Separately, the Japanese government and the Bank of Japan are said to aim to revise a statement adhering to a 2% inflation target as soon as possible, according to the Kyodo NewsCiting government sources.
– Jihe Lee
Evercore ISI says the Fed is over-raising interest rates
The Fed is likely to over hike interest rates to tame inflation and could end up tipping the US economy into recession, Ed Hyman of Evercore ISI wrote in a note on Sunday.
Hyman writes that the federal funds rate is now 6.5% against core personal consumption expenditures of 4.7% over the year and bond yields of 3.5%.
“It’s not just the Fed tightening: the European Central Bank, the Bank of England, Mexico, Switzerland and Norway also tightened last week,” he said. “Perhaps more profoundly, the money supply is shrinking.”
In addition, Evercore’s Economic Diffusion Index is approaching recession territory along with other indicators such as the company’s surveys, inflation data, and layoff announcements. Wages gains are starting to slow and rising rents are showing early signs of abating, indicating that inflation is likely to run its course.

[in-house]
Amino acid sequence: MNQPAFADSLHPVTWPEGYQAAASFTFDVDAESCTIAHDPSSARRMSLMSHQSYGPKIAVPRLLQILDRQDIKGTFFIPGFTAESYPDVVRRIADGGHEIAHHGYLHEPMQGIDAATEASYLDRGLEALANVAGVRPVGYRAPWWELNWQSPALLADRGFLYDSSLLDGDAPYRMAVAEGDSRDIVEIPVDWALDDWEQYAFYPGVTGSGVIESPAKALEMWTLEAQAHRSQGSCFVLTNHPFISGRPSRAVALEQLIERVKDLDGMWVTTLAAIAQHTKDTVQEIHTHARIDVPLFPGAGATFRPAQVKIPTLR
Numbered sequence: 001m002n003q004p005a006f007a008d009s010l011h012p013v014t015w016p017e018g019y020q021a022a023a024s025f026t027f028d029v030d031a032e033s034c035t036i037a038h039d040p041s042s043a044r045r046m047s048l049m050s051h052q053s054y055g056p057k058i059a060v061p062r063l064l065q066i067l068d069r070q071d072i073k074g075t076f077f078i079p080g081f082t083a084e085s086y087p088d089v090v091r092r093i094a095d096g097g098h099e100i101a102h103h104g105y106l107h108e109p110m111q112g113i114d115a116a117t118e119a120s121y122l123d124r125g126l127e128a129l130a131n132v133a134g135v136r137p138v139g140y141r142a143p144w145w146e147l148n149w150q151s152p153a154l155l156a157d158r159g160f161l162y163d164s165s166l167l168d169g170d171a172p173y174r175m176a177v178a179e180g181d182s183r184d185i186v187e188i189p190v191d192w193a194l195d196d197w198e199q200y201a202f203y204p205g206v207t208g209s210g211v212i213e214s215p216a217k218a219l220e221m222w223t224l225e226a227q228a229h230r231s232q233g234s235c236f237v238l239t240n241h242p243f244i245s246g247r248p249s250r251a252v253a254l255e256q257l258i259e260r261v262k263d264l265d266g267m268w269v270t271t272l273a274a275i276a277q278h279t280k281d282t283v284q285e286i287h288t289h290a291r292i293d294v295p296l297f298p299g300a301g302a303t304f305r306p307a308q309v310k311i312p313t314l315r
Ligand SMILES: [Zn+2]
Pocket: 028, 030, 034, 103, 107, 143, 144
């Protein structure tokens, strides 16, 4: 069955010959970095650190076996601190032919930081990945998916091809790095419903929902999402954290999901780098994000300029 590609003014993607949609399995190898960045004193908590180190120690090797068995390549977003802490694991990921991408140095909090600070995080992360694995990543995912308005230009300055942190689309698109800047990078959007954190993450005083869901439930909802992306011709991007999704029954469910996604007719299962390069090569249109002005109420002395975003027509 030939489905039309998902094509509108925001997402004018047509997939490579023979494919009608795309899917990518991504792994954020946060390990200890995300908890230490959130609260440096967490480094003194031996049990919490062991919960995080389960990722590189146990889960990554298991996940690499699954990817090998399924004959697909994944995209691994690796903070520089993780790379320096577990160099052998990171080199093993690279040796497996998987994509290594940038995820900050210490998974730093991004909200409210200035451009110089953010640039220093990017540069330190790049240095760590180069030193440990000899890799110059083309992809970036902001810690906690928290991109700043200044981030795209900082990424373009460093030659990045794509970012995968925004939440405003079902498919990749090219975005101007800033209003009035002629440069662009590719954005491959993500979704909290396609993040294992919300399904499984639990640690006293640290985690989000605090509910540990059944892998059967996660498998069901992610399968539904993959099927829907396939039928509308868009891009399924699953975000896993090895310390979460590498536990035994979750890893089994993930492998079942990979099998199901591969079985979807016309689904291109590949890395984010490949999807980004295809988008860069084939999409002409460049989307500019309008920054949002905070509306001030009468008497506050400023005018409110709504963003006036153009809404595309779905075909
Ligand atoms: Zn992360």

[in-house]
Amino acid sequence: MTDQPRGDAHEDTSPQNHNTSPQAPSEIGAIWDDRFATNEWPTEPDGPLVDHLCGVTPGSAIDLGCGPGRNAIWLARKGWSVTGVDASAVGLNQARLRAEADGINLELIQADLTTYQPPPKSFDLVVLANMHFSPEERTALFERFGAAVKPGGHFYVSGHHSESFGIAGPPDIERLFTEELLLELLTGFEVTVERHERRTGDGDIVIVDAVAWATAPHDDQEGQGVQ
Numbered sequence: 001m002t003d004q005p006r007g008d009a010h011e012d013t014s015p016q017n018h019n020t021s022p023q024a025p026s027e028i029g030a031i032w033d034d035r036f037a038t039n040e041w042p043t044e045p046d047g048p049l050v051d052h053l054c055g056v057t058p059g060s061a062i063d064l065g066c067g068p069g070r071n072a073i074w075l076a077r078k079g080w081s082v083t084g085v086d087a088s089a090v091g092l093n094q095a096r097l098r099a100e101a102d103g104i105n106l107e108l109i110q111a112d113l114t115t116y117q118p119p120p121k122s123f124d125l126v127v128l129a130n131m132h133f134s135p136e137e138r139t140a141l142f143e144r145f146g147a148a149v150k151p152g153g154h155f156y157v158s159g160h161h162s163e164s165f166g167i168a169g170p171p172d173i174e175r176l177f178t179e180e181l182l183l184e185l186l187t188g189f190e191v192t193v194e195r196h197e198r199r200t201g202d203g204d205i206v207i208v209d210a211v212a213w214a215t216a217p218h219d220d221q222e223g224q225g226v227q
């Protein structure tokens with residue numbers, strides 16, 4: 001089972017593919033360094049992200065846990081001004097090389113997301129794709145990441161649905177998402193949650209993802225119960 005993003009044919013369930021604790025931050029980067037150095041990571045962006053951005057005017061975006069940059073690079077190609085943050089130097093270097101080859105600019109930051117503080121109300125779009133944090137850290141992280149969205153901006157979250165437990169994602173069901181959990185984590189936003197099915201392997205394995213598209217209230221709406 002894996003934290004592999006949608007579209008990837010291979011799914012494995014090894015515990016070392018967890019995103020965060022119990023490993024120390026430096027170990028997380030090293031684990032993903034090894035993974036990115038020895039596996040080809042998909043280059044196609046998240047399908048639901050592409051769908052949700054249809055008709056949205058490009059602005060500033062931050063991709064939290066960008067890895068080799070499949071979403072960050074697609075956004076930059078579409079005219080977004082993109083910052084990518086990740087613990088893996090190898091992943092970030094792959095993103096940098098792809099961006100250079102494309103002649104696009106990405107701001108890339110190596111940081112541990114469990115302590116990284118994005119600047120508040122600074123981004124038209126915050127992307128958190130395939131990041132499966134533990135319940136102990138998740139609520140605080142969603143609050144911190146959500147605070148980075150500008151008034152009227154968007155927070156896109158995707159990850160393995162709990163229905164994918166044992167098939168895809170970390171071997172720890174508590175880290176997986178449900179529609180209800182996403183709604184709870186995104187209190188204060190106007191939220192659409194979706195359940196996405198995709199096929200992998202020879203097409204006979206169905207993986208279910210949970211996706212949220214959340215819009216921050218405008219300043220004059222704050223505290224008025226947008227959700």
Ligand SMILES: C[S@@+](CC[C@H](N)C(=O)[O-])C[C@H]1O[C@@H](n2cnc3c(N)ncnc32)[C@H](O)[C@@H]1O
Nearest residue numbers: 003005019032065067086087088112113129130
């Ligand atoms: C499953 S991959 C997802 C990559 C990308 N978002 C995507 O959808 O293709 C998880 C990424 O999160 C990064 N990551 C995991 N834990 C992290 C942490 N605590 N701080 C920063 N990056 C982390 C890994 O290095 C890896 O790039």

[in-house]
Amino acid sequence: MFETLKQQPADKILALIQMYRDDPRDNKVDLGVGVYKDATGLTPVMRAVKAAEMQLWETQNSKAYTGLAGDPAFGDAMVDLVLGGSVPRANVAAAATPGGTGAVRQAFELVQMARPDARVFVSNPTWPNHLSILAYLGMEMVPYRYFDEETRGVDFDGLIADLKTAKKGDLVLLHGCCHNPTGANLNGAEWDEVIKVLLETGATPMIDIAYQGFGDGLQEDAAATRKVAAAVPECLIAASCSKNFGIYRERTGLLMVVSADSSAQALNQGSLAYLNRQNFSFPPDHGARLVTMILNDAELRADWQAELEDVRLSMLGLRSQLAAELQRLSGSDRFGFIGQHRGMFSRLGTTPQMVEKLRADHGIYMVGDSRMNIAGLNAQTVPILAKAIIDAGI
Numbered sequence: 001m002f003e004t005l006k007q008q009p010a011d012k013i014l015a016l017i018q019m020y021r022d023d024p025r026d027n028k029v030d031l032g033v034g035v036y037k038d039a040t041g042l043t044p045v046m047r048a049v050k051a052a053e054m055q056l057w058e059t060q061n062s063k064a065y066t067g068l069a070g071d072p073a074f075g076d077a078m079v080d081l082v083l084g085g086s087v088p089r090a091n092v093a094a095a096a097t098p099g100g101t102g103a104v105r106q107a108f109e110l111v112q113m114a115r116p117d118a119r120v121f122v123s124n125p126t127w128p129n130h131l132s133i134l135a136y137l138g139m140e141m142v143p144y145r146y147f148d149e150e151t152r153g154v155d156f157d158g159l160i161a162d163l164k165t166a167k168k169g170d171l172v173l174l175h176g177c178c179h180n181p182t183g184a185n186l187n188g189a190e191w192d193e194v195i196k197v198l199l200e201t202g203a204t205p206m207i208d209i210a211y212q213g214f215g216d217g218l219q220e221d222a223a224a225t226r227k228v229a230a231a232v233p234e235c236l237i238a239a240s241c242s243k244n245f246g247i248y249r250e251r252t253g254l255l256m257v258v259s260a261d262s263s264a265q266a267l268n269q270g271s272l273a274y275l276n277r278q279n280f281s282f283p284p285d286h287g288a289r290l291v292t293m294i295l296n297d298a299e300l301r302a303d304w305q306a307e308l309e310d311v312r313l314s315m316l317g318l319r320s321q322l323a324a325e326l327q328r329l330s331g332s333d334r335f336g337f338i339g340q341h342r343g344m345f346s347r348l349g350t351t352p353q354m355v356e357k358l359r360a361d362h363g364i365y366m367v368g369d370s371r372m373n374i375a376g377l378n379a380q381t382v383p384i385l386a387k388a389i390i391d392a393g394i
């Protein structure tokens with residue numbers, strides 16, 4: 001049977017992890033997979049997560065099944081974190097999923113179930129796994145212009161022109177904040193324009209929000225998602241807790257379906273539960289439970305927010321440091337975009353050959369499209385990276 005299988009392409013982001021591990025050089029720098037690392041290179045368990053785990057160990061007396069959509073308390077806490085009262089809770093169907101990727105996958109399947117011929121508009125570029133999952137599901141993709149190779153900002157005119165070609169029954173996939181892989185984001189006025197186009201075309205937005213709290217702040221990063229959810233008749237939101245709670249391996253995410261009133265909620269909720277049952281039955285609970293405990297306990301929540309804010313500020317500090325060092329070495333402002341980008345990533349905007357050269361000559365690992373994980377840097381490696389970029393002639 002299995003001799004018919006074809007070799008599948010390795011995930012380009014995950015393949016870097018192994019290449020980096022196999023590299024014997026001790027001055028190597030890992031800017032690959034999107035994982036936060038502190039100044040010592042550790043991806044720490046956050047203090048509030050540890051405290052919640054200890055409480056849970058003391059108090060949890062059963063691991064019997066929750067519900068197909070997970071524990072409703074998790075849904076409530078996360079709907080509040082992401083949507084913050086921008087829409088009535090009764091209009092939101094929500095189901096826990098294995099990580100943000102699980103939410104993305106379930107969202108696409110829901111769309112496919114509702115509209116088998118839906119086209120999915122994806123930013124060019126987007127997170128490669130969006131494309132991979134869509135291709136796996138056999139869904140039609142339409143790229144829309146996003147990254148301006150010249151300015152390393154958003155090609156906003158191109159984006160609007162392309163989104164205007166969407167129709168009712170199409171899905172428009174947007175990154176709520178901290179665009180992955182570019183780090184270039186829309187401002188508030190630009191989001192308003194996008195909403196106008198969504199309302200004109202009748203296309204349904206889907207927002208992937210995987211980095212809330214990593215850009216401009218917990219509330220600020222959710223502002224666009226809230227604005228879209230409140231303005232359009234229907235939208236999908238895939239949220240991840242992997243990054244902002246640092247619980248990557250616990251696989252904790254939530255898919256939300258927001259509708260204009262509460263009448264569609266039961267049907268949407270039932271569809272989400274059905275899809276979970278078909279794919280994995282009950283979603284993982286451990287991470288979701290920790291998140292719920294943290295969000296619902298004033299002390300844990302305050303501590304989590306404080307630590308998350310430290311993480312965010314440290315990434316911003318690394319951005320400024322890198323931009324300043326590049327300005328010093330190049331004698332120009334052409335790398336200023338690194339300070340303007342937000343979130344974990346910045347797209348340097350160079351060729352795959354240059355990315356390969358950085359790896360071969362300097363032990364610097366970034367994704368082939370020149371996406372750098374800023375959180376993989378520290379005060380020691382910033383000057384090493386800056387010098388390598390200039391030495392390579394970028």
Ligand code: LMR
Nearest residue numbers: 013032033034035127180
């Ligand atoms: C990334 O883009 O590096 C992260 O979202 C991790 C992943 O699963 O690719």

“In any case, 87 percent of American voters are worried about a recession,” Hyman said.
– Carmen Renick
The S&P 500 headed into its worst December in four years
The S&P 500 is down more than 6% this month, as Wall Street struggles heading into the end of the year. That puts it on track for its worst monthly performance since September. It would also be its biggest drop in December since 2018, when it fell by 9.18%.
Stocks closed lower for the fourth consecutive day
Recession fears and disappointed hopes for a year-end rally weighed on stocks on Monday, sending them to a fourth straight negative close.
The Dow Jones Industrial Average fell 163.85 points, or 0.50%, to close at 32,756.61. The S&P 500 fell 0.91% to 3,817.47, and the Nasdaq Composite fell 1.49% to 10,546.03, dragged down by Amazon shares, which fell 3%.
– Carmen Renick
“Web maven. Infuriatingly humble beer geek. Bacon fanatic. Typical creator. Music expert.”